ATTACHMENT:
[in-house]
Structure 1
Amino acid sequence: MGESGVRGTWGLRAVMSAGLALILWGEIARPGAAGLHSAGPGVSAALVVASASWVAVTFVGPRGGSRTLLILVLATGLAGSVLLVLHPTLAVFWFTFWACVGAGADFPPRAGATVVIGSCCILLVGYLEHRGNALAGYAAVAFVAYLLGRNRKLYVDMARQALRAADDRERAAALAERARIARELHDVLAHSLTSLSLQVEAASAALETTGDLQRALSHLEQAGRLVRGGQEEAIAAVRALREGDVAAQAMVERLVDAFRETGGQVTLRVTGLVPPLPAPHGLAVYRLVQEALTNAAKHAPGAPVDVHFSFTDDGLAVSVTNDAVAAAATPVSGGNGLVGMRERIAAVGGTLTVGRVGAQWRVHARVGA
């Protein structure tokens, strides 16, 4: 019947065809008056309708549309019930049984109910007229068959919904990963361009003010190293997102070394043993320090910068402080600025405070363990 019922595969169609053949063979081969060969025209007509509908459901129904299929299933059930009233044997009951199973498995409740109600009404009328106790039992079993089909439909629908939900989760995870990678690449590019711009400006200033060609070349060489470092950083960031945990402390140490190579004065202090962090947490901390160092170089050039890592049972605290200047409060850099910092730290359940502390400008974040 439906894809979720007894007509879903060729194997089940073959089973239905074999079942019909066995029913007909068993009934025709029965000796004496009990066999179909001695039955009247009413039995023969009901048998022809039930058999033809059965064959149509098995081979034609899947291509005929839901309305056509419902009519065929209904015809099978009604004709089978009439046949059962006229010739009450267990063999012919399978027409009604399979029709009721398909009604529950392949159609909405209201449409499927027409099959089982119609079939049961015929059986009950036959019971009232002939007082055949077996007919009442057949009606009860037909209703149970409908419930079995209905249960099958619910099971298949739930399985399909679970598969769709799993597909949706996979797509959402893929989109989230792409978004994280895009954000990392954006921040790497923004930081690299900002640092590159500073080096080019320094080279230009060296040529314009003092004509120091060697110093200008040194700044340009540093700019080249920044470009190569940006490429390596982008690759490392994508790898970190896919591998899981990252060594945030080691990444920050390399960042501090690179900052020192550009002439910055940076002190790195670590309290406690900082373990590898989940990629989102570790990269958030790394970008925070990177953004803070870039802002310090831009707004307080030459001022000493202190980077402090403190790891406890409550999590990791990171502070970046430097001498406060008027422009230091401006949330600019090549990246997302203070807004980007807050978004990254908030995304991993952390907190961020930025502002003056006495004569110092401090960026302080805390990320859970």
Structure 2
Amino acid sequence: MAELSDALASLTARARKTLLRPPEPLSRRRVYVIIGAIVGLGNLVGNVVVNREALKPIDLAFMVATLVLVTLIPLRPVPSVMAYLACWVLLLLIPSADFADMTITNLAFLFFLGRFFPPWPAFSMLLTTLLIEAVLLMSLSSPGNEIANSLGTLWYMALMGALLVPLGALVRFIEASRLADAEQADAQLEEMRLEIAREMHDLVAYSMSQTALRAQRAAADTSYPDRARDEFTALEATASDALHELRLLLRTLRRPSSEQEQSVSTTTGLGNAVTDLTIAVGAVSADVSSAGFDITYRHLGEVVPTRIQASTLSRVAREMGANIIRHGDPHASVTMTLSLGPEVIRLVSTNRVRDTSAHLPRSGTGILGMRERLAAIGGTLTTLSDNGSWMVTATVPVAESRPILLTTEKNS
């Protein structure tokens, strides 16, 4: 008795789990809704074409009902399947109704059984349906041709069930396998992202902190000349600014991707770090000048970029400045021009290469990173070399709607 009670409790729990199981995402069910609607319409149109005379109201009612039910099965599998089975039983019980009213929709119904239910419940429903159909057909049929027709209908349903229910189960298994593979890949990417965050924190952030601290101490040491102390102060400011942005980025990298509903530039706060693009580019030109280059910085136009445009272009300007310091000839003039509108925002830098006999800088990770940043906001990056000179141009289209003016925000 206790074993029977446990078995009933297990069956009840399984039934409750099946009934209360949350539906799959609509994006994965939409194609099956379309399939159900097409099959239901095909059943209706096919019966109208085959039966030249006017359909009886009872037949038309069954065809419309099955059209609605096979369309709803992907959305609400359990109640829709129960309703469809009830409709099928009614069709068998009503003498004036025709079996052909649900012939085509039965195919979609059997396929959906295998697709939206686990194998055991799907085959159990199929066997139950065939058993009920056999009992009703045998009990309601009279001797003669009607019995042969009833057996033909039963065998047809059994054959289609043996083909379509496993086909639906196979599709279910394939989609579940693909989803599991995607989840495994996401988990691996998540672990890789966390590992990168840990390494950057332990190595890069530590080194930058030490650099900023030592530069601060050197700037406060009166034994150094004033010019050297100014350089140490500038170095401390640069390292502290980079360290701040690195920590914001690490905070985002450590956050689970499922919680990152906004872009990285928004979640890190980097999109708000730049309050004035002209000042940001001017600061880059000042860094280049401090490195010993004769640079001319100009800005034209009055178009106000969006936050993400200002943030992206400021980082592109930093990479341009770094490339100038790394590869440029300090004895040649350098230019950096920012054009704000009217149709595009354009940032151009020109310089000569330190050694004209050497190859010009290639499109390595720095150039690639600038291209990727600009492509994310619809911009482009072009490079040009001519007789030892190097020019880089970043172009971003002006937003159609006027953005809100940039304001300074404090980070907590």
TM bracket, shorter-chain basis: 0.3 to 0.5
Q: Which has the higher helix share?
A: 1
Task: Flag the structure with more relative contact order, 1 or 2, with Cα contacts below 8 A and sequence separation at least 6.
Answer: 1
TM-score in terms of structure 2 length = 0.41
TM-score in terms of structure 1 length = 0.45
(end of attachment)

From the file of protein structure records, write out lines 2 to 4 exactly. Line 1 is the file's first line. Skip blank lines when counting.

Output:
Structure 1
Amino acid sequence: MGESGVRGTWGLRAVMSAGLALILWGEIARPGAAGLHSAGPGVSAALVVASASWVAVTFVGPRGGSRTLLILVLATGLAGSVLLVLHPTLAVFWFTFWACVGAGADFPPRAGATVVIGSCCILLVGYLEHRGNALAGYAAVAFVAYLLGRNRKLYVDMARQALRAADDRERAAALAERARIARELHDVLAHSLTSLSLQVEAASAALETTGDLQRALSHLEQAGRLVRGGQEEAIAAVRALREGDVAAQAMVERLVDAFRETGGQVTLRVTGLVPPLPAPHGLAVYRLVQEALTNAAKHAPGAPVDVHFSFTDDGLAVSVTNDAVAAAATPVSGGNGLVGMRERIAAVGGTLTVGRVGAQWRVHARVGA
């Protein structure tokens, strides 16, 4: 019947065809008056309708549309019930049984109910007229068959919904990963361009003010190293997102070394043993320090910068402080600025405070363990 019922595969169609053949063979081969060969025209007509509908459901129904299929299933059930009233044997009951199973498995409740109600009404009328106790039992079993089909439909629908939900989760995870990678690449590019711009400006200033060609070349060489470092950083960031945990402390140490190579004065202090962090947490901390160092170089050039890592049972605290200047409060850099910092730290359940502390400008974040 439906894809979720007894007509879903060729194997089940073959089973239905074999079942019909066995029913007909068993009934025709029965000796004496009990066999179909001695039955009247009413039995023969009901048998022809039930058999033809059965064959149509098995081979034609899947291509005929839901309305056509419902009519065929209904015809099978009604004709089978009439046949059962006229010739009450267990063999012919399978027409009604399979029709009721398909009604529950392949159609909405209201449409499927027409099959089982119609079939049961015929059986009950036959019971009232002939007082055949077996007919009442057949009606009860037909209703149970409908419930079995209905249960099958619910099971298949739930399985399909679970598969769709799993597909949706996979797509959402893929989109989230792409978004994280895009954000990392954006921040790497923004930081690299900002640092590159500073080096080019320094080279230009060296040529314009003092004509120091060697110093200008040194700044340009540093700019080249920044470009190569940006490429390596982008690759490392994508790898970190896919591998899981990252060594945030080691990444920050390399960042501090690179900052020192550009002439910055940076002190790195670590309290406690900082373990590898989940990629989102570790990269958030790394970008925070990177953004803070870039802002310090831009707004307080030459001022000493202190980077402090403190790891406890409550999590990791990171502070970046430097001498406060008027422009230091401006949330600019090549990246997302203070807004980007807050978004990254908030995304991993952390907190961020930025502002003056006495004569110092401090960026302080805390990320859970």